I just have a lot to say.
January 31st, 2018 by

Well, I Come from Alabama

Several years ago, I let my subscription to Southern Living lapse. I thought superiorly, I just don’t read magazines anymore. I’ve been concerned about my own lapsing “Southern-ness” ever since.

I feel like the decline began when I started eating lunch at noontime and dinner in the evening (except on Sundays, of course). I’ll declare, there are just too many things about me that belie my Bible Belt beginnings. 

I don’t fry chicken. I tried a few times as a young woman, but I was far too impatient. I fry chicken fingers occasionally, but I buy them pre-breaded at Sam’s.

Chuck grew up in Memphis. I have been there 100 times since I met him in 1982, and I have never been to Graceland.

I have been to New York City, but I have never been to Savannah or Charleston or New Orleans.

I raised my children to eat boiled peanuts like they’re mother’s milk, but I have never boiled them myself. 

I deleted make a quilt and put up pickles from my bucket list.

I have never read Faulkner nor seen a Tennessee Williams play nor been to Monroeville for the springtime outdoor production of To Kill a Mockingbird.

None of my children has a double name.

I haven’t been fishin’ since Daddy died in 1978.

I don’t love a tomato sandwich. (See, I said tomato sandwich not ‘mater samich. That’s pure shameful.)

My children have never chewed sugar cane nor shelled a single pea.

I attend a church that is too large and fancy for dinner on the ground. We have churchwide luncheons.

I have been to the Grand Ole Opry only once, and it was for a show choir competition, for heaven’s sake.

I warm frozen biscuits, and I don’t make gravy.

I buy sweet tea at the grocery store. Not always, but enough to be ashamed of myself.

Bless my heart. I ain’t no better than a damn Yankee. I might as well plan for my children to be married on Iron Bowl weekend and prepare for my mansion to be in the North of Glory. Dadgummit! Is there anything of my heritage left in me? Have all those years of watching the Today show homogenized me? Who in tarnation am I, if I am not a daughter of Dixie? Surely I have some redeemable Southern traits. Surely my upbringing wasn’t all in vain.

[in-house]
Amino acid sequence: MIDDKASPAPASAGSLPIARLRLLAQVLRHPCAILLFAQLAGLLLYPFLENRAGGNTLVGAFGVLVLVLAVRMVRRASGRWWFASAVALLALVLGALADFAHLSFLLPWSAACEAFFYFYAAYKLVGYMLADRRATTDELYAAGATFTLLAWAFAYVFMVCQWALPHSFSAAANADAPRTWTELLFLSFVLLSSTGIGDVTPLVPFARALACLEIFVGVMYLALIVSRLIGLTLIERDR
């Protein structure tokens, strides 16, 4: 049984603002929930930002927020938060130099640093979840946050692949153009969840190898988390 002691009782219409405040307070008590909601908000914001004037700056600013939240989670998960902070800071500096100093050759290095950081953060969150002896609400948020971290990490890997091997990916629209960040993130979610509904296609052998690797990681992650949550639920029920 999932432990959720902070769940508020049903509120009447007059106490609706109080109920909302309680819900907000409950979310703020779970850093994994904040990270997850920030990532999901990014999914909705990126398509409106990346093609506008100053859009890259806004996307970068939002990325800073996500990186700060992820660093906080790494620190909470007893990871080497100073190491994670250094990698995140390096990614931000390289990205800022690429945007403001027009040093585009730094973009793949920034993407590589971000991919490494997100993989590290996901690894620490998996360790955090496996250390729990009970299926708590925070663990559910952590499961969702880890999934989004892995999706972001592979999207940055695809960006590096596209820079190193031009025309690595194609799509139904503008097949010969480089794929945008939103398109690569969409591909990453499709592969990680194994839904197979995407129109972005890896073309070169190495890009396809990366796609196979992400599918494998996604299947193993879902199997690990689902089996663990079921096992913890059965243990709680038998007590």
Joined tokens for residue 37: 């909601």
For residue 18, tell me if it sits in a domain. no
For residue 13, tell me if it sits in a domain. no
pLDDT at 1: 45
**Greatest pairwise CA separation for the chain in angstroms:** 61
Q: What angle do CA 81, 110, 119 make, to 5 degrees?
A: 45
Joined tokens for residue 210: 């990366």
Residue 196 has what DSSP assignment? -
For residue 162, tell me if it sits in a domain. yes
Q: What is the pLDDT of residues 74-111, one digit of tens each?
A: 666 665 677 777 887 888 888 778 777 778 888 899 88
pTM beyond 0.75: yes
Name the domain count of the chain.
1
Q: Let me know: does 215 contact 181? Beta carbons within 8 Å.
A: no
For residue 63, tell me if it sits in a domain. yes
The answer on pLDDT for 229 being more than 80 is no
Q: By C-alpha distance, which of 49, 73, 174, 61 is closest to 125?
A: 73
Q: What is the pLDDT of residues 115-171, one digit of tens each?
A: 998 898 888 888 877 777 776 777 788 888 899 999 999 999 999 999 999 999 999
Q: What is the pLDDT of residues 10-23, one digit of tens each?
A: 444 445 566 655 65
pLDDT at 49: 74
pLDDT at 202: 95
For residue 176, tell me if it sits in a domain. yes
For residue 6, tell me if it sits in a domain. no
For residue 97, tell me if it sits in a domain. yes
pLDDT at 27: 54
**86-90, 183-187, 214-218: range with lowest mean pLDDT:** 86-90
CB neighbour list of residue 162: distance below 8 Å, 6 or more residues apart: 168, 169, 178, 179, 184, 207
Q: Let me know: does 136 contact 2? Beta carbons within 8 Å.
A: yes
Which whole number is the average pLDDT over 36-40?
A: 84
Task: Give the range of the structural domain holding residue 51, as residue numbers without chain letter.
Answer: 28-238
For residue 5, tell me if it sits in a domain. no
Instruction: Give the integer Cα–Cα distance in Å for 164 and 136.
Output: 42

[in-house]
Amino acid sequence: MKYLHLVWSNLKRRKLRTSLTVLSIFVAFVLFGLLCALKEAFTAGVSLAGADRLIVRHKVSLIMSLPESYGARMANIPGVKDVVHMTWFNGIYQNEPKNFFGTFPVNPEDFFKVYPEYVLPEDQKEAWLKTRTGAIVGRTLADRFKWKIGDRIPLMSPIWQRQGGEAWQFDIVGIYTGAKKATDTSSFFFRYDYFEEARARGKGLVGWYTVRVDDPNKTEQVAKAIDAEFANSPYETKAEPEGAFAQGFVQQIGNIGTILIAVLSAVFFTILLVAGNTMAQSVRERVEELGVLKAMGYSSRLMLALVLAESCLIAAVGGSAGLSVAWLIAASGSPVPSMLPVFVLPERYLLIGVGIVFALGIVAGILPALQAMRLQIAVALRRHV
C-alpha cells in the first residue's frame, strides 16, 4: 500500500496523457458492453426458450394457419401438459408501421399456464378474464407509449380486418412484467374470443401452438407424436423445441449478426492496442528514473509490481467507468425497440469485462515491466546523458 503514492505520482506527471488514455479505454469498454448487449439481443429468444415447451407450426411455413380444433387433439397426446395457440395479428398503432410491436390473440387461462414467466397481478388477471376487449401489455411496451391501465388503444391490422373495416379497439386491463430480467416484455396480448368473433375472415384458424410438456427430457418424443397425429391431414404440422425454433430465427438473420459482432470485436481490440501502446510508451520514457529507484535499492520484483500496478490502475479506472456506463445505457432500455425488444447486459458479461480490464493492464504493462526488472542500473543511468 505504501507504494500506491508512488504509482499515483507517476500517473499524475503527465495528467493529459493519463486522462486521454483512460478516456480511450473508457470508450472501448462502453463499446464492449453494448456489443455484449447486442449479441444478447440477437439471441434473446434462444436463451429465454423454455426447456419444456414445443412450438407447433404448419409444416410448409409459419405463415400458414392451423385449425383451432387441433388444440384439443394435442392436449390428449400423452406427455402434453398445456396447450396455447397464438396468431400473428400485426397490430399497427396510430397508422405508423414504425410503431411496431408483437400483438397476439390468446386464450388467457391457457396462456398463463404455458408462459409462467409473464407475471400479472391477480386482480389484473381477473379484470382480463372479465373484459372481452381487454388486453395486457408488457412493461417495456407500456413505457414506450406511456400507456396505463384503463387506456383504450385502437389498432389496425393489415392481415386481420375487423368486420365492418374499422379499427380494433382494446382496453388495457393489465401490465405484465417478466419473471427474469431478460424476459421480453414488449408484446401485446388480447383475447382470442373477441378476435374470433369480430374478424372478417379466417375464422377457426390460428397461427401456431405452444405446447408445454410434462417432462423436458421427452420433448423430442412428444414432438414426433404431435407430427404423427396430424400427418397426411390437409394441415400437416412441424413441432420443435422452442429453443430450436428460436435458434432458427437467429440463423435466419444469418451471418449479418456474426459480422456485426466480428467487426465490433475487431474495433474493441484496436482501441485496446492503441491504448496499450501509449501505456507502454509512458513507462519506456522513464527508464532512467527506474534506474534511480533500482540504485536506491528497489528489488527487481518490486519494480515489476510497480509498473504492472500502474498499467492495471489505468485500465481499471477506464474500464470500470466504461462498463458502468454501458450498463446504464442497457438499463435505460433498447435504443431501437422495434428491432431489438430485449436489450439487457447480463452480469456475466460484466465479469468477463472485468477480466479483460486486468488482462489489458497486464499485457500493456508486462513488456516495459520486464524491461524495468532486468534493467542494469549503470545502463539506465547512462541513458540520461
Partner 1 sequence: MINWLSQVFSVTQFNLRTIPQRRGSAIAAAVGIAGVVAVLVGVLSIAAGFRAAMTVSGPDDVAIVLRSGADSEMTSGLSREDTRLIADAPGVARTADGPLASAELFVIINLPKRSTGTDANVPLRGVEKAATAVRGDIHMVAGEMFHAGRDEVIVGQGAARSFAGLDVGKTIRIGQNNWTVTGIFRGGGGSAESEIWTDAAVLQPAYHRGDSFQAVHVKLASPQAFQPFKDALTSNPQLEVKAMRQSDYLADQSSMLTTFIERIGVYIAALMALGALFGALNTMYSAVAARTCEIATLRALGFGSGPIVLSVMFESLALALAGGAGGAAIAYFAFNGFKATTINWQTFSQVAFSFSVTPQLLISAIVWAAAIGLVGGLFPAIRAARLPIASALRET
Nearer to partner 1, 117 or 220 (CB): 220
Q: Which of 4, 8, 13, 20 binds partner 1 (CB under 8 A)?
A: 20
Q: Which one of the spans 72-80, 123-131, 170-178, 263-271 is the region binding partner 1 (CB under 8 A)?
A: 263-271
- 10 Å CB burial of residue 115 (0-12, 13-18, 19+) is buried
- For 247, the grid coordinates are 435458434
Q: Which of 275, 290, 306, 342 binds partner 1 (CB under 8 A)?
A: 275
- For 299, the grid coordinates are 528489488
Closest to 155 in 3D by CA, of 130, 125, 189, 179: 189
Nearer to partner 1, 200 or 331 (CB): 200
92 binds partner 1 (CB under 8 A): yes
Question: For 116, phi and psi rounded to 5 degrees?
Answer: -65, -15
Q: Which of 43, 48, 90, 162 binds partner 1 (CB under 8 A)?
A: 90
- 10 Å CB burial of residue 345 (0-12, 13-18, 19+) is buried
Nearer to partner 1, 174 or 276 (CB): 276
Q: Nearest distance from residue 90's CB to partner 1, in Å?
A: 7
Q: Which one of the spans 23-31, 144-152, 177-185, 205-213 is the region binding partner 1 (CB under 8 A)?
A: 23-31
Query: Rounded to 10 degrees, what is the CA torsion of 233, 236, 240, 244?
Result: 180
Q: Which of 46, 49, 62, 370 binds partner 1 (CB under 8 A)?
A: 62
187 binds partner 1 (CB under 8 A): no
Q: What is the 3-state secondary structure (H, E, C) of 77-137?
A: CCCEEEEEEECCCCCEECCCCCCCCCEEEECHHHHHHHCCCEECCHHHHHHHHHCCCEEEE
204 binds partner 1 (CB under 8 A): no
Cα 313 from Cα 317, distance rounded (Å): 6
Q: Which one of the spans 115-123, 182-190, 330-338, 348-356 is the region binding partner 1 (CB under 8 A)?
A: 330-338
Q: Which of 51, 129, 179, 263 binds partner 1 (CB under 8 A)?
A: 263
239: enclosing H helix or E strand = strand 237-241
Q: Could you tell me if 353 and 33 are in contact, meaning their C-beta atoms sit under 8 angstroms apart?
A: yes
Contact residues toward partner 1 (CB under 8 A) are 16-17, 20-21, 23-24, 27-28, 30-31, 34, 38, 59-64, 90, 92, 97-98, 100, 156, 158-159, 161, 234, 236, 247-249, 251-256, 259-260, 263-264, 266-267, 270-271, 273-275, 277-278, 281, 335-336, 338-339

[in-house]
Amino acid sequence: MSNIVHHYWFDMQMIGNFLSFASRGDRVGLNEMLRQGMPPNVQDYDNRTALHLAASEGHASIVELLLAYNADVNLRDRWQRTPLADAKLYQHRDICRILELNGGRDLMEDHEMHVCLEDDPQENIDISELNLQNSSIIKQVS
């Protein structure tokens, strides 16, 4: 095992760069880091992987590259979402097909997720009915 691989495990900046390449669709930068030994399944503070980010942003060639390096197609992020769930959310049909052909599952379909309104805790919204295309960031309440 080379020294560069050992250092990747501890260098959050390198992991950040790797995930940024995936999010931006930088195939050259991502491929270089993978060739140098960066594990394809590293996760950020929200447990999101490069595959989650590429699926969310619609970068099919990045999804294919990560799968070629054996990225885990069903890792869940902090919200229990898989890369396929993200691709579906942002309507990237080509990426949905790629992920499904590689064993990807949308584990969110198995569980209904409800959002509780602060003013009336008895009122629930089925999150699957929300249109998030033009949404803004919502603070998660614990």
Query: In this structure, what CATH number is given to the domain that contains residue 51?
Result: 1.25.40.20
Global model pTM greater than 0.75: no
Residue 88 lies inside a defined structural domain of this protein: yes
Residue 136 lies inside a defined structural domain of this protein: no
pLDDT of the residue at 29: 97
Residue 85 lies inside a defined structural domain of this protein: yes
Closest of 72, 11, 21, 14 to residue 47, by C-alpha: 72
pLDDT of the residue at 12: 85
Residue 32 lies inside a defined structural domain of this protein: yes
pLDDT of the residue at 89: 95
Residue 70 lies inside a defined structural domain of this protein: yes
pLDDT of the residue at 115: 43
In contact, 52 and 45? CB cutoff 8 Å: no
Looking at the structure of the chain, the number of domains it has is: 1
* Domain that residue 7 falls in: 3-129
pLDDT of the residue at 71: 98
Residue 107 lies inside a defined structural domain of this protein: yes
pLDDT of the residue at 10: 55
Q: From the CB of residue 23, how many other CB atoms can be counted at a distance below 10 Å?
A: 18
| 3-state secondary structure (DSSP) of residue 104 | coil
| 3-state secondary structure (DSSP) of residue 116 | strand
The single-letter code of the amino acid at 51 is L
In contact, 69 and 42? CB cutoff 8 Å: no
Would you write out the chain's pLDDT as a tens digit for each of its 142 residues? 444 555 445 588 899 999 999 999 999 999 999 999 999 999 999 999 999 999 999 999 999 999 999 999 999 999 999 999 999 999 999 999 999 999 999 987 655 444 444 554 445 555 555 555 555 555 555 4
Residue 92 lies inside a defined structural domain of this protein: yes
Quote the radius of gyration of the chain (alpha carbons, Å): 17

Well, by golly . . .

I have seen Rock City.

I taught myself to fry okra and cornbread, since Mama and Granny are dead; and my cornbread rivals theirs, if I do say so myself.

I cook a mean pot of butterbeans—not lima beans, and with a hambone—not Goya.  

I poured peanuts in my bottled Coke that I pulled from the machines at Daddy’s shop. 

Little Granny taught me gratefulness by muttering in sweltering heat, “I sure am glad I don’t have to pick cotton today.” She was mighty happy with a bowl of pot likker and a skillet of pone cornbread for supper.

I know what red dirt smells like.

I visited Helen Keller’s birthplace in Tuscumbia, Alabama.

I named a dog Magnolia.

Andy Griffith helped me raise my children.

My second cousin married Pat Conroy. Our granddaddies were brothers and best friends. Mine manufactured church pews. Hers farmed peanuts. 

I know that the sweetest sound on earth is a squeaking porch swing to a background chorus of crickets and bullfrogs, and the sweetest taste is a Chilton County peach.

I remember a country store down the road from both of my grandmothers’ houses with a slamming screen door and wide plank hardwood floors.

The muddy water of the Chattahoochee River is my Tara.

I agree that “He Stopped Loving Her Today” is the Greatest Country Music Song Ever Written.

I remember the excitement of passing through North Carolina on vacations and buying Orange Crush.

I buy Golden Flake potato chips, Bama jelly, and Sessions peanut oil.

I had great aunts named Effie Dell and Josie Bell.

One of the best date nights Chuck and I ever had was to a Willie Nelson concert at the Dothan Civic Center. I had the shingles and Chuck had the flu (there’s a country music song waiting to be written), but Willie sang “Seven Spanish Angels” and “Blue Eyes Crying in the Rain,” and we plumb forgot.

I have a vague 5-year-old’s memory of viewing Daddy Byrd’s body at his house, but I don’t know who sat up with it.

I have never attended a barbecue, but I savor every bite–and lick my fingers. 

I married a guitar picker. He plays “Amazing Grace,” “Old Rugged Cross,” and “Will the Circle Be Unbroken,” and it sounds like a back rub. I sure hope one of my girls marries a fiddle player.

I wave as I pass strangers, and I’ve been known to ask, “Who are your people?”

I recently downloaded Rick Bragg to my Nook—and renewed my Southern Living subscription.

Strap a banjo on my knee, Susannah; I might be ah’ight after all.


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